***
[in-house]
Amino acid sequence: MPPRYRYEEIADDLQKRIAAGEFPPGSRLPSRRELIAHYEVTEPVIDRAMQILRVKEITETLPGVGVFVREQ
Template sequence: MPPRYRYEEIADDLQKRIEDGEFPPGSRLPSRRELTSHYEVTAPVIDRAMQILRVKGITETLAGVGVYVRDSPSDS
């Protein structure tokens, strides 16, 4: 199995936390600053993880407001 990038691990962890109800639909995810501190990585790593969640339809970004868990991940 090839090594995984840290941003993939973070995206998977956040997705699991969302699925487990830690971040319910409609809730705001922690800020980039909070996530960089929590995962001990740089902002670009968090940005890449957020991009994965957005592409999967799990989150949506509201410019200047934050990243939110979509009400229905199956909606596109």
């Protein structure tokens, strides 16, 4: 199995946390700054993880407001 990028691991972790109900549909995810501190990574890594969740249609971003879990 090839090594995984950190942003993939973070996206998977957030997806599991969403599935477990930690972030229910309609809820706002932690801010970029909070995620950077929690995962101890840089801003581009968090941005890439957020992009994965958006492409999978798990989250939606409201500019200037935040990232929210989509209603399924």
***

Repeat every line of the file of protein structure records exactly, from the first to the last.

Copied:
[in-house]
Amino acid sequence: MPPRYRYEEIADDLQKRIAAGEFPPGSRLPSRRELIAHYEVTEPVIDRAMQILRVKEITETLPGVGVFVREQ
Template sequence: MPPRYRYEEIADDLQKRIEDGEFPPGSRLPSRRELTSHYEVTAPVIDRAMQILRVKGITETLAGVGVYVRDSPSDS
């Protein structure tokens, strides 16, 4: 199995936390600053993880407001 990038691990962890109800639909995810501190990585790593969640339809970004868990991940 090839090594995984840290941003993939973070995206998977956040997705699991969302699925487990830690971040319910409609809730705001922690800020980039909070996530960089929590995962001990740089902002670009968090940005890449957020991009994965957005592409999967799990989150949506509201410019200047934050990243939110979509009400229905199956909606596109």
């Protein structure tokens, strides 16, 4: 199995946390700054993880407001 990028691991972790109900549909995810501190990574890594969740249609971003879990 090839090594995984950190942003993939973070996206998977957030997806599991969403599935477990930690972030229910309609809820706002932690801010970029909070995620950077929690995962101890840089801003581009968090941005890439957020992009994965958006492409999978798990989250939606409201500019200037935040990232929210989509209603399924």